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NASA’s Dawn probe is about to get into its closest orbit yet around the dwarf planet Ceres

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But it’ll soon run out of fuel in the fall

An artistic rendering of Dawn at Ceres
Image: NASA

NASA’s Dawn spacecraft, which is orbiting around the dwarf planet Ceres in the asteroid belt, is about to get closer to this celestial object than ever before. In early June, Dawn will get to its final orbit around Ceres — an elliptical path that will take the probe 10 times closer to the surface than it’s ever been. The spacecraft will collect new, more precise data from this orbit until its fuel runs out sometime this fall.

That will bring an end to the Dawn mission, which has been going strong for over a decade now. Launched in 2007, the Dawn spacecraft traveled for years to the asteroid belt between Mars and Jupiter, first visiting an asteroid named Vesta in 2011. After orbiting Vesta for a year, the probe then traveled to Ceres, entering the dwarf planet’s orbit in March 2015. Dawn spent more than a year studying the object. The mission team hoped to extend the spacecraft’s mission, which officially ended in June 2016, by sending it to visit another object in the asteroid belt called Adeona. However, NASA decided to keep Dawn where it was and continue investigating Ceres.

During this last phase of the mission, the spacecraft will, at times, come within 21.7 miles (35 kilometers) of the dwarf planet. Getting so close will allow Dawn to scan the surface at a very high resolution, which is critical for figuring out what Ceres is made of. On board the spacecraft is an instrument that detects neutrons and highly energetic light called gamma rays coming from the surface of Ceres. These particles hold clues about the types of elements that are within the dwarf planet and their signals are much easier to detect the closer you get to the surface. The measurements could help researchers better understand how Ceres evolved over time.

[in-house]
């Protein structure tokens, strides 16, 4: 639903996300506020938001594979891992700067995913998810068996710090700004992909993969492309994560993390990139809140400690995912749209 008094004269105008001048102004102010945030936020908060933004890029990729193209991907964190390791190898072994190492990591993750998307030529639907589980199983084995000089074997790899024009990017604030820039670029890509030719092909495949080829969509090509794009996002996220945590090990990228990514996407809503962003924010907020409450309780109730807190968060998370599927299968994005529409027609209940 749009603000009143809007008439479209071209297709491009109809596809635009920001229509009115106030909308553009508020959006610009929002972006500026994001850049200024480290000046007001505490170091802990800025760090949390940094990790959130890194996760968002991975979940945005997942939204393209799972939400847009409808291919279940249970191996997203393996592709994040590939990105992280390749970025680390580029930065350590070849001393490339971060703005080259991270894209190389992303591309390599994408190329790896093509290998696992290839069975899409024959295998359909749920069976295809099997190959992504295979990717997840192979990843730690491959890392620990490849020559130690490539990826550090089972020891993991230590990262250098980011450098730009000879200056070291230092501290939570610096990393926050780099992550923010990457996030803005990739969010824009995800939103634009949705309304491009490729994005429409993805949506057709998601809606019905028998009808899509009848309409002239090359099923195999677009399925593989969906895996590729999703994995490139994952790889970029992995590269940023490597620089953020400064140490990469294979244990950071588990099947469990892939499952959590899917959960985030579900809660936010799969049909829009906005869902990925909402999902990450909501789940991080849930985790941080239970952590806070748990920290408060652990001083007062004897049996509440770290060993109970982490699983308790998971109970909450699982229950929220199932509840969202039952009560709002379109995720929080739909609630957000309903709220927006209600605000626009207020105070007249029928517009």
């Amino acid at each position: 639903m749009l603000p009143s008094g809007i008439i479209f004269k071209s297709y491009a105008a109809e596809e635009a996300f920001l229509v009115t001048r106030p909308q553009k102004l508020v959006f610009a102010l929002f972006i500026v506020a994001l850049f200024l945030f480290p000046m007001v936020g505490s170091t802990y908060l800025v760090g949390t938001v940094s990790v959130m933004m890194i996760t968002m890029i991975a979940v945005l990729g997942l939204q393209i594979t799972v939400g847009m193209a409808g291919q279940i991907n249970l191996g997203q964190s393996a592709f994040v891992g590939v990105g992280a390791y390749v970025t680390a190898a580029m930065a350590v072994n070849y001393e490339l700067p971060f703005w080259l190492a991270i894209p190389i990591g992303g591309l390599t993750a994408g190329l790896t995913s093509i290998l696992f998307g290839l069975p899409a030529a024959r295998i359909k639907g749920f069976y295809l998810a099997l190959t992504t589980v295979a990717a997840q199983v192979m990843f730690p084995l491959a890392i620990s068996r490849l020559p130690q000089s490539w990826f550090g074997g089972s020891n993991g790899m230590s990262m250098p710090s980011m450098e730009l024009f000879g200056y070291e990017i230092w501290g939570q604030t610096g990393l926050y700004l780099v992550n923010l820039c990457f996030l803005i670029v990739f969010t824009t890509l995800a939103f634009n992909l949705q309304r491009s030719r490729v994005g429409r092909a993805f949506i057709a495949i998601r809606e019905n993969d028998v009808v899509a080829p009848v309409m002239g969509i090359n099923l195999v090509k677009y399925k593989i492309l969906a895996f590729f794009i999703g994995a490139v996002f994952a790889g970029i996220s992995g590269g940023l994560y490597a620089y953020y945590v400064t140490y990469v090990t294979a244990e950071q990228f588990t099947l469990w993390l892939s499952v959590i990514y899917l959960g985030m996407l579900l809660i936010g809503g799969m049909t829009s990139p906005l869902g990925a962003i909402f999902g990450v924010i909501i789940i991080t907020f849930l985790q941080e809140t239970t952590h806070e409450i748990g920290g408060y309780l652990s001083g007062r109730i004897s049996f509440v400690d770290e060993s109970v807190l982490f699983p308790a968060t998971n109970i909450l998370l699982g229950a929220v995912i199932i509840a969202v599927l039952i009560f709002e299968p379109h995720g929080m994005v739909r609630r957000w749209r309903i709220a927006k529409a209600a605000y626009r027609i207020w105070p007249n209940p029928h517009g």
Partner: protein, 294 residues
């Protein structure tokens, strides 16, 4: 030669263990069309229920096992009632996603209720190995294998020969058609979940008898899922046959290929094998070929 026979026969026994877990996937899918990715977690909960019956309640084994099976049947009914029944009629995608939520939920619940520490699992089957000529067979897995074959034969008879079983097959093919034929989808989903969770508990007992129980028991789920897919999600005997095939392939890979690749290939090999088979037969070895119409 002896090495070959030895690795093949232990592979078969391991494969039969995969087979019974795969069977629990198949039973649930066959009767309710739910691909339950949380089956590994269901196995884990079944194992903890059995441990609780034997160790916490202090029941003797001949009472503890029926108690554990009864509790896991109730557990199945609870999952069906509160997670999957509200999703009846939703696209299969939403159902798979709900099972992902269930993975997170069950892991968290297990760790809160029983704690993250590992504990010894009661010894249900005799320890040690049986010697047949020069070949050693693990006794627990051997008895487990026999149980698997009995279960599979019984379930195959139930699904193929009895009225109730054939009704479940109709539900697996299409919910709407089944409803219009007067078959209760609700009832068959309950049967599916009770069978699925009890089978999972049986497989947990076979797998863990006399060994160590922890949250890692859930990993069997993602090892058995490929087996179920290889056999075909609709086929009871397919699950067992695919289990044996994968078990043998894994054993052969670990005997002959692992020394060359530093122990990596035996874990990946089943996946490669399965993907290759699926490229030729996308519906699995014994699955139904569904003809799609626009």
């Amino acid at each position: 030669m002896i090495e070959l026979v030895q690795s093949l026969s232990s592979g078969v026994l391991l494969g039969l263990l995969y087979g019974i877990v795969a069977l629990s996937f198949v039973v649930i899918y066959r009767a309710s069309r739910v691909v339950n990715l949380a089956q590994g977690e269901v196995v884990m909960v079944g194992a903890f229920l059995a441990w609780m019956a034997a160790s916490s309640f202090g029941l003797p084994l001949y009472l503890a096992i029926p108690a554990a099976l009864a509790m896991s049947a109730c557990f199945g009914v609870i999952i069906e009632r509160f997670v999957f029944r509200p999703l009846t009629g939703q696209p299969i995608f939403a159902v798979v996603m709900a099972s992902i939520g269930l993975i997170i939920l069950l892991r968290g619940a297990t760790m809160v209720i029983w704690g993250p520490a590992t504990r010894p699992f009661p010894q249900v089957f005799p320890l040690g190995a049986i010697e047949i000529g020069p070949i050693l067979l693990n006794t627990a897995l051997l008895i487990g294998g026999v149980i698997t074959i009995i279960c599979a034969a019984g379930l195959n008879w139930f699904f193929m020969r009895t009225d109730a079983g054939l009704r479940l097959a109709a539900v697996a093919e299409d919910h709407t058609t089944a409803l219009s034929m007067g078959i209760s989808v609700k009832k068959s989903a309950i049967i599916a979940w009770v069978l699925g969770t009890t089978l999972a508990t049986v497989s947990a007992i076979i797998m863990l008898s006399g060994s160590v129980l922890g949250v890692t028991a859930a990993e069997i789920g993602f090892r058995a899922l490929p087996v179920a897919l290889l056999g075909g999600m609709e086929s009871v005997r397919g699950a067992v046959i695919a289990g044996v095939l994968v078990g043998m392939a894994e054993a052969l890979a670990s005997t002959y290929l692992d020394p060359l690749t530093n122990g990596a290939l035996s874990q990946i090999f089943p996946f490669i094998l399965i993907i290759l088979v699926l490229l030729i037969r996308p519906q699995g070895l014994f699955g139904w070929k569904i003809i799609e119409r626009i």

“This will help us to really understand the bulk composition of Ceres — what the body is made of, what it started with, and how the geological process has modified that,” Carol Raymond, the principal investigator of the Dawn mission, tells The Verge.

One of the first images returned from Dawn in more than a year, taken on May 16th, 2018 from a height of 270 miles above the surface of Ceres
Image: NASA

Figuring out how to get into such a tight, elliptical orbit was a challenge for the mission team, though. Dawn has only ever flown circular paths around Ceres before. Plus it’s hard to remain in a stable orbit so close around a dwarf planet. The object is big enough to have a decent gravitational pull, but it’s still fairly small, so any orbiting spacecraft is much more easily affected by outside forces. Highly energetic particles coming from the Sun can push and pull on Dawn, knocking it off its path. “It was the question of how low can you go and how long can you last,” says Raymond.

The Dawn team ultimately found a way to get into a good orbit where the probe will remain for up to 50 years. But the spacecraft won’t be in communication with Earth for much longer. When its fuel runs out, the vehicle won’t be able to orient its solar panels toward the Sun, and it will eventually run out of power.

It’s unclear what will happen to Dawn after the 50 years is up, since the team only did analyses of the orbit up until that point. However, Raymond says the spacecraft will probably stick around Ceres as a permanent satellite. “The expectation is it will just continue without any change,” she says. “And at some point in the future when we go back to Ceres, we may be able to spot it still circling.”